The mission of the Azalea Chapter of ARS is to promote the awareness, the conservation and the utilization of evergreen as well as deciduous native azalea plants and habitats of the Southeast through community outreach, education and example.
We are one of 66 chapters of the American Rhododendron Society, which is now an international organization with chapters in Canada, Great Britain, Europe, and India.
ARS was founded in 1944, and our chapter was chartered in 1967. We serve members primarily in Georgia and Florida, but have members from all over the southeast and the United States.
Most ARS chapters tend to concentrate on large-leaved evergreen rhododendrons. We see our primary role as providing accurate information on and encouraging the use of azaleas, which belong to the large Rhododendron genus, not to the exclusion of other rhododendrons, but as an emphasis.
We are fortunate that more species of deciduous azaleas, our native azaleas, grow in the southeastern United States than any other place in the world. While these plants lose their leaves in the winter (as do dogwoods, flowering cherries, hydrangeas, witch hazel, etc.), many have spectacular yellow and orange flower colors along with white, pinks, and reds, and many have a wonderful fragrance as a bonus, as well as delightful fall foliage color. These are features not usually found in other rhododendrons.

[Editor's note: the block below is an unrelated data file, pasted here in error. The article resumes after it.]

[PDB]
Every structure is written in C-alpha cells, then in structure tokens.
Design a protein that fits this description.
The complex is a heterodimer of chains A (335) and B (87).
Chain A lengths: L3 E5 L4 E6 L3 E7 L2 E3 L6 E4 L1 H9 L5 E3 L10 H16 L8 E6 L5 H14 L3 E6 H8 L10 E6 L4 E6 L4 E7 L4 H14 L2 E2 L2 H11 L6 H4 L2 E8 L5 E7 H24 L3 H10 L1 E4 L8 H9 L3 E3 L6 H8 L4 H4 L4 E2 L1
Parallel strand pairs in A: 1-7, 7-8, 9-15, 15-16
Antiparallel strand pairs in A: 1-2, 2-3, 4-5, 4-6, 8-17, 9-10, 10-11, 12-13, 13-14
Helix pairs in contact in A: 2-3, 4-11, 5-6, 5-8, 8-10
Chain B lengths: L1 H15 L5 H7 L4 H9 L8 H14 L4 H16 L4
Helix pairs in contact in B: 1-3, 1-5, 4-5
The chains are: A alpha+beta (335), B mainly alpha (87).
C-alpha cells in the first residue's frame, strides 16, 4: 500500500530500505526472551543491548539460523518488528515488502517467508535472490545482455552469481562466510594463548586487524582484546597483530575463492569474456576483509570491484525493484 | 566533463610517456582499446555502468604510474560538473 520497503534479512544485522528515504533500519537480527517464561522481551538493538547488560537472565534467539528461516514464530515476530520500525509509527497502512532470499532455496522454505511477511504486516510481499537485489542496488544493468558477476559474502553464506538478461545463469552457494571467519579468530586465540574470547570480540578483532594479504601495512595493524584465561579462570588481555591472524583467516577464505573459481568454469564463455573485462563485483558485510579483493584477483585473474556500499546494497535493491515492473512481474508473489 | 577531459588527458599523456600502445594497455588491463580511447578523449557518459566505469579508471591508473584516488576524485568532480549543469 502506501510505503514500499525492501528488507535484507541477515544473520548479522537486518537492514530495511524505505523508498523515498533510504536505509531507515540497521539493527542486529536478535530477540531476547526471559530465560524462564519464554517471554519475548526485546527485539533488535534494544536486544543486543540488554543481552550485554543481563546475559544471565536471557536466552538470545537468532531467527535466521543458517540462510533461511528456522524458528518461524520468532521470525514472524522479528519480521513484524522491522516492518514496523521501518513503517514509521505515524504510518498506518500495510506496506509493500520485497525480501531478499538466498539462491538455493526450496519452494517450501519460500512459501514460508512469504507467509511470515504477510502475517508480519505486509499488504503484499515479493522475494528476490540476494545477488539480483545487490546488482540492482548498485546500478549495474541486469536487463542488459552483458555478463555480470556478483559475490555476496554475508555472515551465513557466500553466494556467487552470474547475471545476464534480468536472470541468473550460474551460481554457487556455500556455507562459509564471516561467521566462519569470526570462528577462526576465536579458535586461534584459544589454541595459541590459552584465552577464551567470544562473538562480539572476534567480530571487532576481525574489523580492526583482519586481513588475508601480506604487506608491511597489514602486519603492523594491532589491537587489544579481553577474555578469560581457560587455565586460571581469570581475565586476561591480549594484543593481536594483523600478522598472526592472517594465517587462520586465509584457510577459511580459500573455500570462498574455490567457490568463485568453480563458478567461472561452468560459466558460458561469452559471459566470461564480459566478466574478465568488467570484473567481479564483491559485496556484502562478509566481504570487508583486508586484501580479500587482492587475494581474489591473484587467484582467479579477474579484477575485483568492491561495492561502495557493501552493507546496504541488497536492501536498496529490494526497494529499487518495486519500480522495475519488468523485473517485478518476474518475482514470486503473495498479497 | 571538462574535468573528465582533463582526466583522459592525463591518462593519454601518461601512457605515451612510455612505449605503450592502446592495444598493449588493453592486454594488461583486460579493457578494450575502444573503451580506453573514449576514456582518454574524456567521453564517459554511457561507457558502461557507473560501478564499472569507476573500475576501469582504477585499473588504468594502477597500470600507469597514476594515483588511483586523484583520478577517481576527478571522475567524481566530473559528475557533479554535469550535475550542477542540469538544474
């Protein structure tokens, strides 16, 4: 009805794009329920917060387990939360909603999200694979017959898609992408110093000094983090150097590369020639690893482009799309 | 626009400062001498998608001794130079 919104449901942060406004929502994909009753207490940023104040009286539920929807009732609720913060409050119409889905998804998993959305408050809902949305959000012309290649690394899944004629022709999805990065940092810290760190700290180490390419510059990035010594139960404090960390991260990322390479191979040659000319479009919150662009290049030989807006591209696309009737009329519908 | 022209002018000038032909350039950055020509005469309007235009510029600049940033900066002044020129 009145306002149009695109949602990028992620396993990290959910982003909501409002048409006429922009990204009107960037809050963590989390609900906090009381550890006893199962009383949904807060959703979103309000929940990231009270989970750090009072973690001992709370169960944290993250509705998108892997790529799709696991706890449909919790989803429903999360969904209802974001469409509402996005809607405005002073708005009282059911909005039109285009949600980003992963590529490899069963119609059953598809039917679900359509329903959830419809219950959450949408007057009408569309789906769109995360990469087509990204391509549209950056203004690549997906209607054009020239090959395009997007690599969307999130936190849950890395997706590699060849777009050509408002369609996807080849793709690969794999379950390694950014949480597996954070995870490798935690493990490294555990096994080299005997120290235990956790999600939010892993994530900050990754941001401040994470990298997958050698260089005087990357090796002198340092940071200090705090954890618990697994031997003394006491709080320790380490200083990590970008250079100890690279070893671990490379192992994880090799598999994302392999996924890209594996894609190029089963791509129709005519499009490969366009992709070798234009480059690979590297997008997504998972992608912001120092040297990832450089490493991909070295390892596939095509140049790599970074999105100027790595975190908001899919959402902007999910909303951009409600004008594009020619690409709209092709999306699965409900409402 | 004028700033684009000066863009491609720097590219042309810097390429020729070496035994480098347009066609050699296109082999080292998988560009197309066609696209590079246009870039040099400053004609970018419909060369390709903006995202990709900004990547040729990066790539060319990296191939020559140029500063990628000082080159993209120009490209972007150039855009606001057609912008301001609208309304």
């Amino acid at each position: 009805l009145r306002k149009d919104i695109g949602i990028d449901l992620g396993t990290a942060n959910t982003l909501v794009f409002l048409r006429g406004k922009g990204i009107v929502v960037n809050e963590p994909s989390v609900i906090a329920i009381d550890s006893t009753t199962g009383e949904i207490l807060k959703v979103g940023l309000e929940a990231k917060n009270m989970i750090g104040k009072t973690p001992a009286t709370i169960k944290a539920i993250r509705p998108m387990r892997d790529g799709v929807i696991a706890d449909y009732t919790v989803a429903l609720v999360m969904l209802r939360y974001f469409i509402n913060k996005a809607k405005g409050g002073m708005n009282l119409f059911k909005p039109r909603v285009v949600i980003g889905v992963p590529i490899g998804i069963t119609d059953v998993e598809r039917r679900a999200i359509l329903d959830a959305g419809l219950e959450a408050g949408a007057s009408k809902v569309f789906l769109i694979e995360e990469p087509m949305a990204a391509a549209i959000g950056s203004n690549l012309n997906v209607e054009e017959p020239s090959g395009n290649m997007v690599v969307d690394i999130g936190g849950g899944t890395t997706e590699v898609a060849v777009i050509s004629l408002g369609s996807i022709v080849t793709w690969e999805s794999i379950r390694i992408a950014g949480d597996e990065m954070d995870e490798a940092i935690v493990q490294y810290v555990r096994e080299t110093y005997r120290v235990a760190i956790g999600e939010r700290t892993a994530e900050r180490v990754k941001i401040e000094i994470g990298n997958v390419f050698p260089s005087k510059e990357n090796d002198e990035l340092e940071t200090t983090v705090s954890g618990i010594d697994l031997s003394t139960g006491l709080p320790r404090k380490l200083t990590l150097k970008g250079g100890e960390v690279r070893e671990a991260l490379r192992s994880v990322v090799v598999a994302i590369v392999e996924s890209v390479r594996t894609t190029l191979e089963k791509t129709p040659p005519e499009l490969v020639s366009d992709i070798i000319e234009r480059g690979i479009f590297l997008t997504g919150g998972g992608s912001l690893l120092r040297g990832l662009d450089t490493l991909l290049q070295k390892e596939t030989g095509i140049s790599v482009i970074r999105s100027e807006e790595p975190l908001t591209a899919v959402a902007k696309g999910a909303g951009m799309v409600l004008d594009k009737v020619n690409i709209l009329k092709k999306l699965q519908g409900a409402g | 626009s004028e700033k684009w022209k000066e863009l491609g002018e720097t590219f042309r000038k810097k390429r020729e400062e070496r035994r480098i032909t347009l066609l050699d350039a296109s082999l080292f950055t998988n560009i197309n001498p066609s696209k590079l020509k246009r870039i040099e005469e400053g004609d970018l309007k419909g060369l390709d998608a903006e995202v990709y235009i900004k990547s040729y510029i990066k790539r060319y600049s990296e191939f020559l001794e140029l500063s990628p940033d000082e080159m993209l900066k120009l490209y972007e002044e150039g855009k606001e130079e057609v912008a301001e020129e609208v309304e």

As surprising as it may seem today, evergreen azaleas, native only in Japan and eastern Asia, were originally thought to be a greenhouse plant, too tender to survive outdoors. Yet, we have found the southeastern United States has an almost perfect environment for these floriferous plants.
Thus, we exist to learn and share information on azaleas, other rhodys, and other desirable companion plants. We do this through monthly programs where one can learn about various plants, culture, propagation, photography, botanical gardens, and native sites. We host a free seed exchange from rare and unusual plants, a co-op purchasing program allows members to buy plants and supplies economically, and members and guests obtain free plants and seedlings at our meetings. We organize and host field trips and garden tours. Through a newly-formed Native Azalea Study Group, we are expanding our knowledge of these plants. See our Calendar, News Blog, and Photo Gallery for more details on what we are currently doing.
Our members range from novice to expert. Many additional advantages can be found to being a member of the American Rhododendron Society. To join, go to our membership page. If you are already an ARS member, consider becoming an associate member of the Azalea Chapter.
For the public, we offer plant sales of hard-to-find varieties, a speakers bureau to present programs on various plant topics, and much information via this web site. In addition, our events are free and open to the public. Check us out and, if you have a question or comment, contact us.